Well friends, countrymen and baseball fans Padre Steve was able to take in one last ball game in Mudville aka Stockton California before flying back tomorrow to the home of the Navy and site of the first landing by English Colonists in the New World, Norfolk and Virginia Beach Virginia.  While I look forward to coming home and being with my wife Judy, the Abbess of the Abbey Normal, I shall miss the lack of humidity here in the “Big Valley” aka the Central Valley of California.

The weather has heated up to the kind of weather that I remember growing up with, 100 degrees plus but low humidity which if you ask me makes all the difference in the world. Even though I have adapted to the mugginess of the East Coast and Mid Atlantic region I am always amazed when I can sit comfortably through a day game with temps in the high 90’s and low 100’s without much effort other than adding copious amounts of 50 weight Banana Boat sun screen to my fragile Northern European genetically engineered skin.

Grant Green gets tied up and struck out while Jermaine Mitchell attempts to run, Mitchell was thrown out at second base

Today I attended the second game of the Stockton Ports series against the Bakersfield Blaze with my old high school classmate and US Navy Master Chief Petty Officer, retired Tony Melendez. It was great to see the game with Tony sharing what was happening in our lives and talking baseball while enjoying Tecate beer and an Alpine Hot Dog.  The game was interesting because it was an 1105 AM start, early by my books but with the heat of the Central Valley not a bad idea as the temperatures only get hotter until about 5 PM when they begin to cool down.  The game was the first Ports game ever televised on the Major League Baseball Network and Comcast Sports Hometown.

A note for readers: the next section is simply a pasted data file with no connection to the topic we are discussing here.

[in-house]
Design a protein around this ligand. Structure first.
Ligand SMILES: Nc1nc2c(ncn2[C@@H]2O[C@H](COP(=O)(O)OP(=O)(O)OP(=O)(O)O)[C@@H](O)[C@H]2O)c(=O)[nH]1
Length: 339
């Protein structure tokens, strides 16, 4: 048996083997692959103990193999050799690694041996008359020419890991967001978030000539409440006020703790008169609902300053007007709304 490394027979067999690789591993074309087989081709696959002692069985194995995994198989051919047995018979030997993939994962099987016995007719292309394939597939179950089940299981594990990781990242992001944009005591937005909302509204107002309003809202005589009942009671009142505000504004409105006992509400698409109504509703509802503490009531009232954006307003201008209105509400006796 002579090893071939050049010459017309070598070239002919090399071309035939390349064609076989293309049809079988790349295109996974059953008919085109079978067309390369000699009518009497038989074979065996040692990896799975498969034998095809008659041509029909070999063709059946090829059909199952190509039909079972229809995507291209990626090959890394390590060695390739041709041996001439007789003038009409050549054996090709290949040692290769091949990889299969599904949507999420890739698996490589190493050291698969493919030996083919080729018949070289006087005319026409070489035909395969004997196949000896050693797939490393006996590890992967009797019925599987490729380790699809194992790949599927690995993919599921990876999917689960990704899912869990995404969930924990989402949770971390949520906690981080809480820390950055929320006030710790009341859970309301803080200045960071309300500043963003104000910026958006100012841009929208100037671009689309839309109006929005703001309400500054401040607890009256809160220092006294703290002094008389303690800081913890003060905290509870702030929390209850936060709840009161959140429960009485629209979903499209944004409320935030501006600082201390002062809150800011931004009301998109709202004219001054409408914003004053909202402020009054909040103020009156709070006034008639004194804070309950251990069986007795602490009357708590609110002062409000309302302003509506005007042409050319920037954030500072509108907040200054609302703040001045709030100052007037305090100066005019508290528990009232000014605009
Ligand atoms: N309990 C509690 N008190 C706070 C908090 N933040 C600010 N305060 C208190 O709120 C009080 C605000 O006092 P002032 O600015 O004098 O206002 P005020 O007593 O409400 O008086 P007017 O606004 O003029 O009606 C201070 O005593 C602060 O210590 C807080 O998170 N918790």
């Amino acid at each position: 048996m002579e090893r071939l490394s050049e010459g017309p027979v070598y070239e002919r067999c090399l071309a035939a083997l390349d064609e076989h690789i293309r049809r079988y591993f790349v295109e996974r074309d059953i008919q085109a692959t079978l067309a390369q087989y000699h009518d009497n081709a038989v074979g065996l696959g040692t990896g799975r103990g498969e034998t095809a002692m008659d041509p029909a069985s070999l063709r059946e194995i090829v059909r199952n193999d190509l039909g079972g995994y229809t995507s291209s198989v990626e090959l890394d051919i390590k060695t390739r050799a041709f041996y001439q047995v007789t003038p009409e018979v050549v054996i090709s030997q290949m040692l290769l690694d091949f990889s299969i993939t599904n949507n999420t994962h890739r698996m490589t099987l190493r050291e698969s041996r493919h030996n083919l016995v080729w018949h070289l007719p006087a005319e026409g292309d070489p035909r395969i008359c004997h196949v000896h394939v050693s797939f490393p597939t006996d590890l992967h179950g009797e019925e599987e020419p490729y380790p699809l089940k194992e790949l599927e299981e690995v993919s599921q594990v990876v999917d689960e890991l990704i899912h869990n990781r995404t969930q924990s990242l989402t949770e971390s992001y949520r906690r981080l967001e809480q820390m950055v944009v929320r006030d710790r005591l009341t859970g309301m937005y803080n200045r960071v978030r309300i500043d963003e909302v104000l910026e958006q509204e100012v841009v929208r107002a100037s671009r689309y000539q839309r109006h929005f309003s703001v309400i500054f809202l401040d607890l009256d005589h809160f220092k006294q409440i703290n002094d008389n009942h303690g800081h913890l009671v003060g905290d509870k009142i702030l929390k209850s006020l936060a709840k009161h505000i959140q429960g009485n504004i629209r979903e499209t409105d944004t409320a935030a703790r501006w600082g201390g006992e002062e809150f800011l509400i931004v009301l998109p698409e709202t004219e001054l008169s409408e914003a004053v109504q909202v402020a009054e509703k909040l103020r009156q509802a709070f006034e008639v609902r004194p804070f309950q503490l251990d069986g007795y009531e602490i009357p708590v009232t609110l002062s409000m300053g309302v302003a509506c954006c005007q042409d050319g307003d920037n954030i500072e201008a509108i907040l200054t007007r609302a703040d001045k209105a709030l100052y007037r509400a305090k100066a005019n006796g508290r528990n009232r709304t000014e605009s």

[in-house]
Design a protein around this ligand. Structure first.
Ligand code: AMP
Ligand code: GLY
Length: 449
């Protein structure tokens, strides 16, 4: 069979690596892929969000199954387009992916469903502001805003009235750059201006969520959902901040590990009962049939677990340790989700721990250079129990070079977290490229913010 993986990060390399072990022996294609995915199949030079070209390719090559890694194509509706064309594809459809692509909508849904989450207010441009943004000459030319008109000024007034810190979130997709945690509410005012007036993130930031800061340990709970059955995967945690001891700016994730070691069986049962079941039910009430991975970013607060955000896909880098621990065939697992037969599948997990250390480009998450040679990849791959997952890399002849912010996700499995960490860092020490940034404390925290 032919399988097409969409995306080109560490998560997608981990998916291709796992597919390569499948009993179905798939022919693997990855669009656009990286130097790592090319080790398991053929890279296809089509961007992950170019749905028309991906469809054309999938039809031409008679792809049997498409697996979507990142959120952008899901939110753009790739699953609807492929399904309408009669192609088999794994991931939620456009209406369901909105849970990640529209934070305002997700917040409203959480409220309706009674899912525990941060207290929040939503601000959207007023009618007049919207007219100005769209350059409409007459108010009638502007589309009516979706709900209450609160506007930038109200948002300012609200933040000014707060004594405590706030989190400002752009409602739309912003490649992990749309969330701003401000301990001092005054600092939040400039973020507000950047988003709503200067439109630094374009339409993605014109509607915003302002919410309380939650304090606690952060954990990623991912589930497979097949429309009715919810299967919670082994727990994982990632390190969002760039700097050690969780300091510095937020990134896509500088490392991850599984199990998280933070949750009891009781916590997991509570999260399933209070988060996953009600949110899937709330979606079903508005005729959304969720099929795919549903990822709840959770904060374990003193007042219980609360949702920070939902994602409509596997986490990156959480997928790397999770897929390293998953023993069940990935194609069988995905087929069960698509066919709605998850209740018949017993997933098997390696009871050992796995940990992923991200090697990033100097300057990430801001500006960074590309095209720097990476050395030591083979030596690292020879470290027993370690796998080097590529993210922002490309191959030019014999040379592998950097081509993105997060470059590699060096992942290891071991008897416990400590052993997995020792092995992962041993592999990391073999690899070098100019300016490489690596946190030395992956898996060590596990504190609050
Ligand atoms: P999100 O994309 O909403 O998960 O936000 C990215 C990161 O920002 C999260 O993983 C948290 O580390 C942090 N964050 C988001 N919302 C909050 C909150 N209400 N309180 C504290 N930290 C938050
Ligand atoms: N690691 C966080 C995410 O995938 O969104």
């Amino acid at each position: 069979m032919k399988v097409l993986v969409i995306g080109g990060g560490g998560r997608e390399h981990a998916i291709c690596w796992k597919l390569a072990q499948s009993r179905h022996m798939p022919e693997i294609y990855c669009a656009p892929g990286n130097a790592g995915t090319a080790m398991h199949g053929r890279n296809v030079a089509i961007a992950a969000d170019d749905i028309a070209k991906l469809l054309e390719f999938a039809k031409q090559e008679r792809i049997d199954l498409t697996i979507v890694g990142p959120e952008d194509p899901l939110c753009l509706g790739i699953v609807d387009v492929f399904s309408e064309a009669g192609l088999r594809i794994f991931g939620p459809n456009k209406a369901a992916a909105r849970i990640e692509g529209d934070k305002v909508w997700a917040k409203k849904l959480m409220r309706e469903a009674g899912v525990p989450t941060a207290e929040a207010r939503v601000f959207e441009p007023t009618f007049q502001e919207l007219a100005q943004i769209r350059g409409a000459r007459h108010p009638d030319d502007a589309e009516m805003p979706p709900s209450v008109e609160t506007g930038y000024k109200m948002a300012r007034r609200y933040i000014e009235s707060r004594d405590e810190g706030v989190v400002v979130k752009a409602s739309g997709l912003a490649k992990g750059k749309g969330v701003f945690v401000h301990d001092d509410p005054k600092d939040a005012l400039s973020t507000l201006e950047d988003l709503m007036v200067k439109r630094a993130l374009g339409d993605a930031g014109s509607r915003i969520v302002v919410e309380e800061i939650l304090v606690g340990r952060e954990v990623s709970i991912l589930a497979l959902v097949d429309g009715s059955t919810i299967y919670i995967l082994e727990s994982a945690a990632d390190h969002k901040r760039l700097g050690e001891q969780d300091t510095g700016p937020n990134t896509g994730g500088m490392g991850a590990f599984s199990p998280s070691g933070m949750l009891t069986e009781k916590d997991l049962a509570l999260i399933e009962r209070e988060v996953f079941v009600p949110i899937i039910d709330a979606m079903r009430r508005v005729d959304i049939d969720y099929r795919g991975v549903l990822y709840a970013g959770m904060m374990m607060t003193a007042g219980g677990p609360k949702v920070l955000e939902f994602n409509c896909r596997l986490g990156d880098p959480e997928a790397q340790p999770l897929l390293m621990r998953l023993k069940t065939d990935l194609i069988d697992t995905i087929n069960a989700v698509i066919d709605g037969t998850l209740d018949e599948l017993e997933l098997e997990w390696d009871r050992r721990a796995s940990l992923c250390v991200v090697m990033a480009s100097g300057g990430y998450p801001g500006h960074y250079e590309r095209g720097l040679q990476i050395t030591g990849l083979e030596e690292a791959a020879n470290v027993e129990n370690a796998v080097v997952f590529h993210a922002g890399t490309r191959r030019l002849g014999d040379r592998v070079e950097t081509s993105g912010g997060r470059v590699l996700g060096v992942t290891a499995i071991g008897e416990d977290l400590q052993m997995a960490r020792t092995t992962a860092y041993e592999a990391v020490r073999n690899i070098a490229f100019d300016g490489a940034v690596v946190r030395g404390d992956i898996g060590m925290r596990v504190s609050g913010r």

Lance Sewell got the Win for the Ports

In preparation for the game I wore my Norfolk Tides road jersey and the orange and black hat which has been worn interchangeably at home and on the road this season.  Additionally I made pilgrimage to Wally World to get some poster board and black and orange Sharpies to make a double sided sign with one side saying “Padre Steve’s Road Trip….Go Tides!” and the other “Steve Loves Judy” only with a heart in it.  I think that I got on TV at the 7th inning stretch so if anyone saw it let me know. Since I was the only person in the park with a sign I figured that I should get on at least once.

Paul Smythe got his 11th save for the Ports

The game was much more of a hitters show today than the pitcher’s duel of the preceding night and was error free.  The Ports had 8 runs on 9 hits with no errors leaving 3 men on base. The Blaze, the affiliate of the Texas Rangers in the California League had 6 runs on 10 hits and no errors leaving 8 runners stranded.  Lance Sewell (2-0 3.12 ERA) pitching 2.1 innings of perfect relief got the win for the Ports and Paul Smyth, (3-2 1.80 ERA) got his 11th save of the campaign.  Kennil Gomez (2-6 6.24 ERA) got the loss for the Blaze.

The Blaze led early scoring 2 in the 2nd inning and 1 in the 3rd inning but the Ports scored 4 in the 4th to take the lead. The Blaze would take the lead again in the 6th inning but surrendered it in the 7th when Ports shortstop Grant Green pounded a two run shot while Jeremy Barfield added a solo blast in the 8th inning.